Whilst empiric treatment works (most of the time anyway), it does have its downsides. Empiric therapy on a population basis usually leads to overtreatment. Resistance to N. gonorrhoeae has reached worrying levels for both fluoroquinolones and ceftriaxone. Resistance of M. genitalium to macrolides has been increasing, most probably in areas where azithromycin is used empirically for urethritis.

We need to be careful we don’t create a rod for our own back…

It may be that Sexual Health needs to start exploiting the progress in laboratory diagnostics that has been made over the past few years and start moving away from empiric based management of STIs. Some NAAT tests are now available (e.g. Cepheid CT/NG) that can give a result in around 90 minutes. Thus it could theoretically be possible to see the patient, take the samples, send the patient away for a coffee, test the samples in the clinic with an automated benchtop PCR analyser, and see the patients back in an hour or two with the results and directed management.

This might well be the future of STD clinics…




Clinical Microbiology, like many areas of medical practice these days is becoming increasingly dominated by guidelines. This is generally a good thing. They are usually evidence based where possible, and written by people who know (or should know) what they are doing.

However guidelines are not perfect for the following reasons:

  • They are generic:- Not every case can be covered in guidelines, so generally only the most common scenarios are covered. More uncommon diseases/presentations are often free of guideline interference!
  • They are conservative:- Guidelines are generally not radical in nature. If a guideline is followed and things subsequently go pear-shaped then the authors will not want anything too radical within the guideline in case there are legal implications. This is especially true for guidelines which rely on expert opinion. If you feel your patient needs a radical solution/treatment, then guidelines are not necessarily the best place to look.
  • They are cohort specific:- Guidelines usually originate from specific areas, and are often based on specific patient cohorts, so they may not apply to your particular patient cohort.
  • There may be conflicts of interest:- Guidelines may be written with other agendas at stake in addition to patient care. Cost, acceptability by the public and political agendas may all contribute to producing guidelines that are sub-optimal from a patient perspective.

As Healthcare professionals we are coming under increasing pressure to follow guidelines. However too much reliance on guidelines might stop us considering patients as individuals, with specific problems and specific solutions.

Is it ok not to follow guidelines sometimes?

In certain circumstances yes, absolutely, but I strongly believe that one must understand the rules fully in order to break them properly.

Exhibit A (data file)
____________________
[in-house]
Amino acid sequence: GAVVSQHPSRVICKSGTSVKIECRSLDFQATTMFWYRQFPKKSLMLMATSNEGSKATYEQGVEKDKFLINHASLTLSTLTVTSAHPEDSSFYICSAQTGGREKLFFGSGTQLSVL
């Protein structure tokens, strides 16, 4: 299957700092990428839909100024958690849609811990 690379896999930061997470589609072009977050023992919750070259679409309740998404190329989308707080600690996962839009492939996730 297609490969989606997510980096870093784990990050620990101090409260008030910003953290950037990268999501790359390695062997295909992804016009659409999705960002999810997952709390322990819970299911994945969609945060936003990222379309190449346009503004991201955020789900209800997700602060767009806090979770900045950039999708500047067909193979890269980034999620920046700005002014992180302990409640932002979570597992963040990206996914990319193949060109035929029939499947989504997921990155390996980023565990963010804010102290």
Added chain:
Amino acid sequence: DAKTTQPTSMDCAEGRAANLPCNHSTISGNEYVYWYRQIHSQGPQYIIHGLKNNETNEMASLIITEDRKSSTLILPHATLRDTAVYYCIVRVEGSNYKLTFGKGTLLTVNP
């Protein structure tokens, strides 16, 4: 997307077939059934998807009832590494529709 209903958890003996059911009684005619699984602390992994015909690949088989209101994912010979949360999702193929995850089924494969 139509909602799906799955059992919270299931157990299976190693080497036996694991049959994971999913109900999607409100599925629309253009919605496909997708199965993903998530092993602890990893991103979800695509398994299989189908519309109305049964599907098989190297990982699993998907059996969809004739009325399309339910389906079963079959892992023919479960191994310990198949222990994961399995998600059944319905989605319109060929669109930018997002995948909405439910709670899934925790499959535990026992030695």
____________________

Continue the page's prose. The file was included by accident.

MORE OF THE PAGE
“Learn the rules like a pro, so you can break them like an artist”   (Pablo Picasso)


Please note my tech savvy son is setting up a Microbiology Matters YouTube channel for me so I can record some irreverent microbiology videos! Will keep you posted on this over the next couple of weeks…


“Too much knowledge…”


A little bit of knowledge can be a bad thing. So can too much…

The acronym  ESCHAPPM ( or something similar) will be familiar to most microbiologists. (a similar acronym SPICE, is sometimes used instead)

  • Enterobacter spp.
  • Serratia spp.
  • Citrobacter freundii
  • Hafnia spp.
  • Aeromonas spp.
  • Proteus spp.
  • Providencia spp.
  • Morganella morganii

Because we are clever microbiologists, we know this group of organisms may have inducible beta-lactamase activity, and we advise the clinicians of this, often provoking a reflex switch in anti-microbial therapy to carbapenems. Not only clinicians, but there are plenty of ID physicians who make this automatic transfer to carbapenems the moment the word ESCHAPPM is mentioned, my hospital included.

The thing is however, do all patients with infections by an ESCHAPPM organism require a carbapenem?

Almost certainly not…

If we use a carbapenem for every infection due to one of these organisms, then this amounts to a significant amount of carbapenems. This is therefore an important an important antimicrobial stewardship issue. We are supposed to be trying to decrease the use of broad spectrum antibiotics, not increase them.

But we have read the textbooks, and we are clever…

And yet, if we look at the literature, there is very little evidence to support the theoretical dangers of using a beta-lactam in such patients. In fact, there are several small studies out there that support the non-inferiority of beta-lactams in such patients, particularly in non-life threatening illnesses.

Not to mention there are other options out there, fluoroquinolones, sulphonamides, etc.

We are simply scared.

Here is what I generally do (rightly or wrongly):

  • In a patient with bacteraemia due to an ESCHAPPM organism, as long as they are clinically improving I am happy to continue therapy based on the phenotypic susceptibility results.
  • In patients with UTIs due to ESCHAPPM organisms, even if in hospital, I feel no need  whatsoever to move to carbapenems.
  • I reserve carbapenem use in “ESCHAPPM” patients to bacteraemic patients who are getting worse, and also for patients with chronic infections, e.g. prosthetic joint infection, on the rationale that the longer the treatment, the more chance you have of getting clinically relevant inducible beta-lactamase activity.

We need to take a more pragmatic approach to ESCHAPPM organisms and their treatment. We also need larger scale trials so we can be more confident in our decisions and adopt such approaches into guidelines.

and we need to be brave…